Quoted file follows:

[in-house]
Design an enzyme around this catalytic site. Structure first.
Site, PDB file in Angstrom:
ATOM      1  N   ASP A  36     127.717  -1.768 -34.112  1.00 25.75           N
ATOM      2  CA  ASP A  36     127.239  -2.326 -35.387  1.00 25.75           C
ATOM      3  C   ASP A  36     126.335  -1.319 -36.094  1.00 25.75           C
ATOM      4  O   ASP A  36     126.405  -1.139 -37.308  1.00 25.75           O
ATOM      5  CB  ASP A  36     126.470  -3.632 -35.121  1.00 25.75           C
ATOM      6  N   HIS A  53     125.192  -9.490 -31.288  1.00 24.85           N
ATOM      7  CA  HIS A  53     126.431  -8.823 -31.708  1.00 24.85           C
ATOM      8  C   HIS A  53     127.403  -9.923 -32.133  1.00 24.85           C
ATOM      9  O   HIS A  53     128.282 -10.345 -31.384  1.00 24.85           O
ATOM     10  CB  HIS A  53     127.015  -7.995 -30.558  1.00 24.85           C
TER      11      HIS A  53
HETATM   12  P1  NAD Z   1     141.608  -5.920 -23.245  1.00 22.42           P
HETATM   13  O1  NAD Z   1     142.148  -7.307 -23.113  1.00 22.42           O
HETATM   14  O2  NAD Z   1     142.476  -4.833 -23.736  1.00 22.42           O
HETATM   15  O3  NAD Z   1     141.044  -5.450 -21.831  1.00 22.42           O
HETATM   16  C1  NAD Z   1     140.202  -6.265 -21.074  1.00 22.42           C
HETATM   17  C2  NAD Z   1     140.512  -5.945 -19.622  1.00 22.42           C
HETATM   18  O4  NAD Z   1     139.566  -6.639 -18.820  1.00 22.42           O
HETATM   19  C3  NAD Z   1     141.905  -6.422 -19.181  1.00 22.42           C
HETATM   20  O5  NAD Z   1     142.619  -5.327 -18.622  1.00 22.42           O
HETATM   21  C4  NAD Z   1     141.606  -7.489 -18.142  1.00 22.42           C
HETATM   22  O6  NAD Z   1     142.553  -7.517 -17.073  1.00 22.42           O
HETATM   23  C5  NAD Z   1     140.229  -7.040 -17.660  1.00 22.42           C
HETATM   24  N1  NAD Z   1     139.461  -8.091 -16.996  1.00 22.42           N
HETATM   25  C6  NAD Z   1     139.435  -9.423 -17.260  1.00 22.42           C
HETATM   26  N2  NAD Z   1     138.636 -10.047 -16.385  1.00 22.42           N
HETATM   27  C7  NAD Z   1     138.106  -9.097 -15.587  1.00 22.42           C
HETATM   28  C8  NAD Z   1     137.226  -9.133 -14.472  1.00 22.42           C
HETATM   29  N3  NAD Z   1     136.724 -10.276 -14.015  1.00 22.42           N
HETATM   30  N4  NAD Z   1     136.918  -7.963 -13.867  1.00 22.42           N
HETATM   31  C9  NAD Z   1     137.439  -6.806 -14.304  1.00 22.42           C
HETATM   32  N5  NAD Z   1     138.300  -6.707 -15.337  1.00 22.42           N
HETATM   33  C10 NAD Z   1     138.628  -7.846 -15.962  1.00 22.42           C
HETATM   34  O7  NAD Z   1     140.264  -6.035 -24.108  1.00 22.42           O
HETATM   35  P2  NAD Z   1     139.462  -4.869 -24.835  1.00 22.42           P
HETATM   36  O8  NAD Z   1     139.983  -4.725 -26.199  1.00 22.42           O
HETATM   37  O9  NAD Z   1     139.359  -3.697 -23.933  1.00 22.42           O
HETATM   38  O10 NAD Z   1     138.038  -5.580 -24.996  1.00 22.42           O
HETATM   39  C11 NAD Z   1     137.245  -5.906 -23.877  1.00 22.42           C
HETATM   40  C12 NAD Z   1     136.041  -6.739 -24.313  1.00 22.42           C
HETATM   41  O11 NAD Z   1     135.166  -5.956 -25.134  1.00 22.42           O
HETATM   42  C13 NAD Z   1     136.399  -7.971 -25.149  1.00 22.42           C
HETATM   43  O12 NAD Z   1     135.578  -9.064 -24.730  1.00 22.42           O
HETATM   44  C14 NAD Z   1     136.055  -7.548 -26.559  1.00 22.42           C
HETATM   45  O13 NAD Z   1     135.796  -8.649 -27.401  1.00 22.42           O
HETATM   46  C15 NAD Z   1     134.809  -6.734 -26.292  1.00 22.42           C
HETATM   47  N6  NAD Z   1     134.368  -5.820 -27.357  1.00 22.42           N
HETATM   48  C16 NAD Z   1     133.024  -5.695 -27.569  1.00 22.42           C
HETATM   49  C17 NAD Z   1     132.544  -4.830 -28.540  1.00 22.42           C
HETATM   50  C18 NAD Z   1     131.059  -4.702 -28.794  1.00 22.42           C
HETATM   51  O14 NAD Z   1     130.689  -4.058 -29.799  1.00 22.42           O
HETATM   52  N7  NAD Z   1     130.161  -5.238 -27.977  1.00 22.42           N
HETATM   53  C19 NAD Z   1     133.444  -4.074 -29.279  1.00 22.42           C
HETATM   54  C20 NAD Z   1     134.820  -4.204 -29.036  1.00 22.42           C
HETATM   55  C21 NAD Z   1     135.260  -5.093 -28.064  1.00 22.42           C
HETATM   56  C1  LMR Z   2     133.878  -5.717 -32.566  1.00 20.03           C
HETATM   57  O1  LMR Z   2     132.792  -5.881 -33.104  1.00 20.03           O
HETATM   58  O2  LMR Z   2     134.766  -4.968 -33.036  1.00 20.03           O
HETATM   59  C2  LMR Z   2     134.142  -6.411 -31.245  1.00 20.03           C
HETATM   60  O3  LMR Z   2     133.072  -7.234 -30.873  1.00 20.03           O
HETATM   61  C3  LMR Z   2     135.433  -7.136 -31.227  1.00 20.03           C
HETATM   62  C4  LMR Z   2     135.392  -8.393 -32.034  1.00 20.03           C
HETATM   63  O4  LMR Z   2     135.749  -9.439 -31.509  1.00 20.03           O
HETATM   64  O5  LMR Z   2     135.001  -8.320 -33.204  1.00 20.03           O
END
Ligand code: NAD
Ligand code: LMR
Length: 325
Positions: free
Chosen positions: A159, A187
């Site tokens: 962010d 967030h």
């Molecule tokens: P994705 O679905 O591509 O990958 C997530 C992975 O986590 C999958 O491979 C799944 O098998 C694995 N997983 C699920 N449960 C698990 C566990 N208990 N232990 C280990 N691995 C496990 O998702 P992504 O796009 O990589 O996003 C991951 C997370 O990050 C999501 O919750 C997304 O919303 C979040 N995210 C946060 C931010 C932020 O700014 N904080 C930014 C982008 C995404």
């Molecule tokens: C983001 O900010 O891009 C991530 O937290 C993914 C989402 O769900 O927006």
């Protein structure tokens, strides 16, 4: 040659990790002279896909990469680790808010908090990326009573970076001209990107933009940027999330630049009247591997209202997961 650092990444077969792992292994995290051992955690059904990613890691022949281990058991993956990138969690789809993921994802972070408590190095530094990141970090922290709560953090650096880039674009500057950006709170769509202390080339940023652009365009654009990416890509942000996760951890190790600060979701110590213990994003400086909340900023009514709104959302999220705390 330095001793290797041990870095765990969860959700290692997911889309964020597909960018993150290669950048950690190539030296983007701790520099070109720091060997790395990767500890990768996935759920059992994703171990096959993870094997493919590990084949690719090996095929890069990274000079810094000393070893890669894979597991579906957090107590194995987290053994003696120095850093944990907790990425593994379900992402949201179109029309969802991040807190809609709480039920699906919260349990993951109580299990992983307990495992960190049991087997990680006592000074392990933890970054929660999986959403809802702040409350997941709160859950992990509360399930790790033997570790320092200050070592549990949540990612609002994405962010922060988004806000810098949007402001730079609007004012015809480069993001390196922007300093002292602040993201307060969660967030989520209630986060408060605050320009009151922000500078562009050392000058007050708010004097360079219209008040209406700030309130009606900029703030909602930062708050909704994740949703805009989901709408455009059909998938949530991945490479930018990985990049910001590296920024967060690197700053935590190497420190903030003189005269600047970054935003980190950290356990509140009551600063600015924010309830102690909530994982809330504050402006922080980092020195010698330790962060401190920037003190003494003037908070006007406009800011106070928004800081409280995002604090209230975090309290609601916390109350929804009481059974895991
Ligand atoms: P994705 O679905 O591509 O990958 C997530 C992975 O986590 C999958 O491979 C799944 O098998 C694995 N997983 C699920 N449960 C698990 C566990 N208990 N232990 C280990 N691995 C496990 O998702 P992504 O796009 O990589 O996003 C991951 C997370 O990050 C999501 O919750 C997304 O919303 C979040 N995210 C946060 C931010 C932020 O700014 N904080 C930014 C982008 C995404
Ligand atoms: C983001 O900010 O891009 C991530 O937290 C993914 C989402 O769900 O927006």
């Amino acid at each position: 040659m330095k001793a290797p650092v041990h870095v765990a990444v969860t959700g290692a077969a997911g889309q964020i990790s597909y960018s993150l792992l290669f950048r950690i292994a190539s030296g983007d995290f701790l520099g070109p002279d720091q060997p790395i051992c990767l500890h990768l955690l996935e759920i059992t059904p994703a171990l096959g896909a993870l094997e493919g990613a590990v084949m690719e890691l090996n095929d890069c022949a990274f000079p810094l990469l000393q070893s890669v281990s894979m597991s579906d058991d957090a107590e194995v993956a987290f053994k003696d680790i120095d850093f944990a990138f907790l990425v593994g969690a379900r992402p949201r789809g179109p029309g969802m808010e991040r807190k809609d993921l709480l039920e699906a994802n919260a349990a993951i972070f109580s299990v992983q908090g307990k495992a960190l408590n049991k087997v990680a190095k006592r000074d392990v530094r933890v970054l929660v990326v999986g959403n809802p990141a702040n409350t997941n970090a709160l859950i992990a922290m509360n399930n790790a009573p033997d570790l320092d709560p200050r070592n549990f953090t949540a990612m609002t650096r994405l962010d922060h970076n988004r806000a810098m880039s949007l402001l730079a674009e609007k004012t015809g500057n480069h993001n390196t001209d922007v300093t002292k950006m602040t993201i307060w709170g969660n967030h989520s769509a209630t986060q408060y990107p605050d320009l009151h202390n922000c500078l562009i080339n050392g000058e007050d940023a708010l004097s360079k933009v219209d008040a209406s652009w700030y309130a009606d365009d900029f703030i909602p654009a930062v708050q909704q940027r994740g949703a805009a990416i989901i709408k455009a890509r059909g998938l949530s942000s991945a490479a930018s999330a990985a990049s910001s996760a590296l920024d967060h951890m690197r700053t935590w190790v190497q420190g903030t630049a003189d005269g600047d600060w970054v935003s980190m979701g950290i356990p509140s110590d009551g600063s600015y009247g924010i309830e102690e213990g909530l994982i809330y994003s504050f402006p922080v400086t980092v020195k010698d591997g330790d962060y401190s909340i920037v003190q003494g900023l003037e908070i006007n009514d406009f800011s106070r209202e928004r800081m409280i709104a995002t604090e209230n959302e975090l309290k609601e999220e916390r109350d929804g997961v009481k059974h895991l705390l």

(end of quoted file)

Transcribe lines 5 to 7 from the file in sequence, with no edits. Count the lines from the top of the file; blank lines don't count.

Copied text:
ATOM      2  CA  ASP A  36     127.239  -2.326 -35.387  1.00 25.75           C
ATOM      3  C   ASP A  36     126.335  -1.319 -36.094  1.00 25.75           C
ATOM      4  O   ASP A  36     126.405  -1.139 -37.308  1.00 25.75           O